Yet many in the church today don’t find the reading, teaching and sharing of the Gospel, along with prayer and witness, as worthy. But everyone who claims the name of Jesus Christ needs to go back and see that belief in Jesus and His Word is not relegated to one random, remote page of Scripture, never to be mentioned again! Nor is the sharing of the Gospel. It’s all right there throughout and is, in fact, part and parcel of loving one’s neighbor.
With that, I lift up the following members of the Body of Christ to show that indeed, the church is doing something!! May looking at what people are already doing encourage us to get involved if we aren’t already!
A Lutheran High School Graduate of the Class of 1998 is “leaving her position at Pella Corporation in Pella, IA to train with Youth With a Mission.” YWAM’s stated purpose is to “know God and to make Him known,” and includes short-term evangelistic missionary journeys, educational training, church planting, business as mission and relief and development services.
Another LHS Graduate, Class of 2009, spent four weeks in Uruguay as a missionary for Campus Crusade for Christ, and has been involved with the Madison chapter the last two years. She helped build a campus ministry in Montevideo.
Southside Alliance Church in Sheboygan, Wisconsin has the following outreach: “Forgiven and Set Free” confidential Bible Study for those seeking healing from an abortion; Faith-in-Action Sunday with a focus on “Going to Church to Being the Church;” several home groups focusing on building Godly relationships; and a recovery ministry and archery ministry, both open to the public. SSA includes a Ministry Start-Up form on their website, which implies that anyone with an idea can get started!
First Baptist Church in Oak Creek, Wisconsin, is holding a fundraising banquet for the Alpha Women’s Center in Milwaukee. Alpha Women’s Center is a crisis pregnancy center offering counseling and abortion alternatives, along with parenting support and programs. Faith Baptist Church in Plymouth, Wisconsin is also one of its supporters and recently delivered diapers and other baby supplies to the center.
Third Christian Reformed Church of Denver, Colorado sent an adult team to Mexico in April, and supports missionaries in Mexico, Costa Rica, Nicaragua, Nigeria and Cambodia. Their local outreach includes working with the Khmer Christian Reformed Church in nearby Aurora. The website says, “The Cambodian ministry is bringing the Good News of God's Word to our Cambodian neighbors in the Denver area. The Khmer CRC ministers to an average of 80 adults who faithfully attend each Sunday with their children.” There is also a Cambodian Teen Youth Ministry that meets every Thursday evening. Third Christian Reformed also partners with the Sun Valley Community Church, where “the ministry is shaped by a neighborhood consisting of primarily single-parent families with few financial resources. Our vision is to present the gospel of Jesus Christ as the solution to life's challenges, while demonstrating our care and concern. Our ministry at Sun Valley is through pastoral support, gifts of food, clothing, and support of their tutoring program. Sun Valley Church is a place of worship for this community.” This is just a partial list of all of the things Third Christian is involved in.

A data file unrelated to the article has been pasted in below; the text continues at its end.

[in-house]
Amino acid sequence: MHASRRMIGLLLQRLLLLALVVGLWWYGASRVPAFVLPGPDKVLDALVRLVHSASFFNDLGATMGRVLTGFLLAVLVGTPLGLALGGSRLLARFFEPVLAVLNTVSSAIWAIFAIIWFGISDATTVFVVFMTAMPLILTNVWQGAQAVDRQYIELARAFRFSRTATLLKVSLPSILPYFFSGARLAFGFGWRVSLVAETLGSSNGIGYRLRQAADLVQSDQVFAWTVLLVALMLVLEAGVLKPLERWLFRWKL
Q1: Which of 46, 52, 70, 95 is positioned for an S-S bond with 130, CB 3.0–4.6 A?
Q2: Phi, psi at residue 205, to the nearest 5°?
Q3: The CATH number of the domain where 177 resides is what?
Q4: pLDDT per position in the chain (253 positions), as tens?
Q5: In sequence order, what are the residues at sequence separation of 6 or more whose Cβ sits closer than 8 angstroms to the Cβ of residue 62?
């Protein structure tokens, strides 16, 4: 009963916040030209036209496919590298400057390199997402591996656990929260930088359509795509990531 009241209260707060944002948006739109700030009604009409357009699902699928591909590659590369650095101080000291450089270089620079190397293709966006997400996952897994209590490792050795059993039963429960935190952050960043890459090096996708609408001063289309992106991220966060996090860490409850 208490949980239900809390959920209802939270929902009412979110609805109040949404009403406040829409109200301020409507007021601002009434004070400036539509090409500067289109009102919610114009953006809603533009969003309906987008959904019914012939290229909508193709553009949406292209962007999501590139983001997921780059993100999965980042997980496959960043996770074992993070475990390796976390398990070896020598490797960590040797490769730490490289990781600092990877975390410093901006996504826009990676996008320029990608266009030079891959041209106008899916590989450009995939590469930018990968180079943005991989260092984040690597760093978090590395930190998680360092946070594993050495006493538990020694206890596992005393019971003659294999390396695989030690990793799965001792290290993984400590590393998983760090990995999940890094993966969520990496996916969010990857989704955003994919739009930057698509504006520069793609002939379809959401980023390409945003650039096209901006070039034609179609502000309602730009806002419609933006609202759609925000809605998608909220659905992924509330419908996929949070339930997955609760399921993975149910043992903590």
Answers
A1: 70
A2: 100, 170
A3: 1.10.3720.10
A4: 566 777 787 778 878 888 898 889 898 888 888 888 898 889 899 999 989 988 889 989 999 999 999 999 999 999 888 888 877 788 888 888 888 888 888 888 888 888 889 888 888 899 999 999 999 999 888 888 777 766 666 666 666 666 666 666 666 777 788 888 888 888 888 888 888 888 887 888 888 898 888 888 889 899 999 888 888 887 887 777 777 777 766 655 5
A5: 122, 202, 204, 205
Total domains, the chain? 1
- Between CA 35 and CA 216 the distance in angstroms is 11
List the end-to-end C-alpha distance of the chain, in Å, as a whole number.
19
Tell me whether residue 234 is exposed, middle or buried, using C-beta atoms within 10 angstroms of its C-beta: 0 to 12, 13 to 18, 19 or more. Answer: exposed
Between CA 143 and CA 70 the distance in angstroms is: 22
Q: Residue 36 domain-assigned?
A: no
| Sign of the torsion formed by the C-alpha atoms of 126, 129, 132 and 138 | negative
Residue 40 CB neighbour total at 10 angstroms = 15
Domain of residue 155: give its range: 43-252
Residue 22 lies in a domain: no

The Presbyterian Reformed Church of Charlotte, North Carolina is involved with Bible distribution and translation; African Bible College in Uganda; Voice of the Martyrs—a non-profit interdenominational Christian organization dedicated to assisting the persecuted church worldwide; a church plant in Italy; support of a church in Malawi and two students at Knox Seminary in Uganda.
Central Baptist Church in Victoria, British Columbia, which I attended while on vacation, supports missionaries in Sudan, Indonesia, Japan, Kenya, Argentina, South Africa and the Philippines. In their community of Victoria, they do the following outreach: hold a monthly free hot breakfast; offer free ESL classes in conjunction with the Victoria Immigrant and Refugee Center Society; and send volunteers from church to go into the near-by elementary school weekly to help students learn to read.
“Again Jesus said, ‘Peace be with you! As the Father has sent me, I am sending you.’” John 20:21